The amendment to the Act on the Constitutional Court that entered into force on 1 January 2012 re-defines the competence of the CC in accordance with the Fundamental Law. The most significant change is that the CC may, on the grounds of constitutional complaint, examine the conformity of judicial decisions with the Fundamental Law as well as with the law applied to each case. From January it also falls under the competence of the CC to start a process (following a judicial initiative) to determine the constitutionality of the law applicable to the specific case case. The new Fundamental Law retains the possibility of posterior norm control to the government, to one-quarter of the Members of the Parliament and to the Commissioner for Fundamental Rights, i.e. the possibility open to everybody to turn to the Constitutional Court without legal interest is terminated.
The authority of the Constitutional Court was limited by a new regulation: the Constitutional Court may not examine and annul laws on the budget, taxes, customs and charges only if these are violate the right to life and human dignity, the right to the protection of personal data, the freedom of thought, conscience and religion, or the rights related to the Hungarian nationality.
The Judiciary Organisation
The function of the judiciary system is to serve justice, the main forms of which are criminal justice, civil justice and controlling the legality of administrative decisions.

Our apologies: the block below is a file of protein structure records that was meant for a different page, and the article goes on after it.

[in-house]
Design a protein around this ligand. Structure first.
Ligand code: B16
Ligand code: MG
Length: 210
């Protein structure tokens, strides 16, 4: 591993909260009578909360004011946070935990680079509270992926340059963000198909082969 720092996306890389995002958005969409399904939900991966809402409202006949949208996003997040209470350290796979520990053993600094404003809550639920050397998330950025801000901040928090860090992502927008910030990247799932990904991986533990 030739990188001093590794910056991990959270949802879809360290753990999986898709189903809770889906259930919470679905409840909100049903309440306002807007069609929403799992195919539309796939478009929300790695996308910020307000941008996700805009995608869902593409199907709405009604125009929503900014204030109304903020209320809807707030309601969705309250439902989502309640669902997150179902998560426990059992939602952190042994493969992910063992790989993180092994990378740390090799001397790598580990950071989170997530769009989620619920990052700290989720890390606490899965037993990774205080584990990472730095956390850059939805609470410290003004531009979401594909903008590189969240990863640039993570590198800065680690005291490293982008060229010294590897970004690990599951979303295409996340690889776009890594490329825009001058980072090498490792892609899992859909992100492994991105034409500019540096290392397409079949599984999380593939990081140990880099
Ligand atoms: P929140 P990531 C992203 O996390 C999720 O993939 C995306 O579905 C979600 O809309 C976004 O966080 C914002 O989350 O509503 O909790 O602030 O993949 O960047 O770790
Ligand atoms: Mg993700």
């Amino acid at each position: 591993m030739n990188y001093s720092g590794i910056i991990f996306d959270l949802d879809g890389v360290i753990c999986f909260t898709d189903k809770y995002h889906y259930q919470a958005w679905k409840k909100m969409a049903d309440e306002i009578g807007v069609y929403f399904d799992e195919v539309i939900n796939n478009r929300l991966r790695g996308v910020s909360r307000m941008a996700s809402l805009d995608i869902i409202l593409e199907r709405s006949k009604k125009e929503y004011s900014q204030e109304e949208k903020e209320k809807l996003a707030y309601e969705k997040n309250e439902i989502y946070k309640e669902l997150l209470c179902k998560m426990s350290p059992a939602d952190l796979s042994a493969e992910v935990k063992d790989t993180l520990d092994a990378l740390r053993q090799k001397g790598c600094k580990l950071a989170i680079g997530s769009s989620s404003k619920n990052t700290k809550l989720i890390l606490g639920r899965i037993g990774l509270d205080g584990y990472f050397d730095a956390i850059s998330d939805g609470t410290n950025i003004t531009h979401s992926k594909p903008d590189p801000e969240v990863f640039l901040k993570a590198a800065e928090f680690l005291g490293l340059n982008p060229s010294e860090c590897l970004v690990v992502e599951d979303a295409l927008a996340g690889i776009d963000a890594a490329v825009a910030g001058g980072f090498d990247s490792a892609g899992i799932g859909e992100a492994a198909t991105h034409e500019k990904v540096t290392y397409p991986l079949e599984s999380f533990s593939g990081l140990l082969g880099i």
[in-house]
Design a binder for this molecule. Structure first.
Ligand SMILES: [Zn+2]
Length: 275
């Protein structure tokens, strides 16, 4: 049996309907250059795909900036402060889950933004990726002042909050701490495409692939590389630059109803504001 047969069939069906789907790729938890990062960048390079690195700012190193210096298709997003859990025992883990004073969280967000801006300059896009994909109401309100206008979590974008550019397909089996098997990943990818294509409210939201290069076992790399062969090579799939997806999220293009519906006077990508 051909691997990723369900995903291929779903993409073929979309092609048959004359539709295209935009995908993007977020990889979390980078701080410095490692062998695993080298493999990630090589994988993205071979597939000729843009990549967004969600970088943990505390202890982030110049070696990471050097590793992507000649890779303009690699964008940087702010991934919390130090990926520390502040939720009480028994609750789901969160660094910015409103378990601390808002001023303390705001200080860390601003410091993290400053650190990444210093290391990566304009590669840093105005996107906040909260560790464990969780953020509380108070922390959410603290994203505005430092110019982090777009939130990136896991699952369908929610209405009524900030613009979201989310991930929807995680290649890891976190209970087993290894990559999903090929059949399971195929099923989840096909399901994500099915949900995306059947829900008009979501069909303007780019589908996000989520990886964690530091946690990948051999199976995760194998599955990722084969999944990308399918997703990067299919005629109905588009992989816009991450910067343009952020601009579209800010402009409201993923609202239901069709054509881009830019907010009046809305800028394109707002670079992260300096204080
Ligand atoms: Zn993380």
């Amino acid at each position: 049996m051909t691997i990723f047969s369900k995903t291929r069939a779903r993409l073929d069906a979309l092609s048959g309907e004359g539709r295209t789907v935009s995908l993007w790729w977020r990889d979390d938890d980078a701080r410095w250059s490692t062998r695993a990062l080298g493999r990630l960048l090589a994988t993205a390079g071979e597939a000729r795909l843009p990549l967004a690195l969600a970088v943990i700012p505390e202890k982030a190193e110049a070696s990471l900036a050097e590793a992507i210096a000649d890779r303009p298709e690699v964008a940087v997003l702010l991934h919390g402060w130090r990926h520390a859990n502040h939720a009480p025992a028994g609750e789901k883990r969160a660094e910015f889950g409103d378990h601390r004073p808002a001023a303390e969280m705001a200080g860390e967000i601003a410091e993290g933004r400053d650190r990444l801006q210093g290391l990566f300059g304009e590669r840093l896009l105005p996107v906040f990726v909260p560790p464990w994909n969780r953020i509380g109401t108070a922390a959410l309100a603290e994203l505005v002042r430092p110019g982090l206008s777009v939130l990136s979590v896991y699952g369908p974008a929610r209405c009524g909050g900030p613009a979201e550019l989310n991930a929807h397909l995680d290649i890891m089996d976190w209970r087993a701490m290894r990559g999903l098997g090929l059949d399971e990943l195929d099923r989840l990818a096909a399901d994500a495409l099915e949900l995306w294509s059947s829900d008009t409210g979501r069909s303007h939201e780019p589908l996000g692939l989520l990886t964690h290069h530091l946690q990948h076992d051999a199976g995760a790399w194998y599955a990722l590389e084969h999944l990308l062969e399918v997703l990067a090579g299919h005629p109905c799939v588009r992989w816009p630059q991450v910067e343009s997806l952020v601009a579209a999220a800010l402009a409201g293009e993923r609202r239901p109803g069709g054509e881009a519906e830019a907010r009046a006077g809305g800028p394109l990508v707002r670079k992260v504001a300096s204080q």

In 2012 the judiciary system was reformed in Hungary. Accordingly, jurisdiction may be exercised by the following courts:
- the Curia of Hungary
- Regional Courts of Appeal
- General Courts
- District and Municipal Courts (hereinafter jointly referred to as District Courts), and
- Administrative and Labour Courts
The central administration and organisational structure of the courts were transformed. In the new system the President of a body independent from legislative and executive powers, i.e. the National Office for the Judiciary (NOJ) fulfils the duty of central administration. The President of NOJ is elected to the recommendation of the President of the Republic, for a period of 9 years, from among the judges who have been in service for at least 5 years, by two-thirds majority of the Members of the Parliament. The chief administrative and the chief technical executive posts are separated: now a different person is the President of the NOJ and the President of the Curia of Hungary. The President of NOJ performs his/her functions under strict control, supervised by the National Council of Justice (NCJ) consisting only of judges.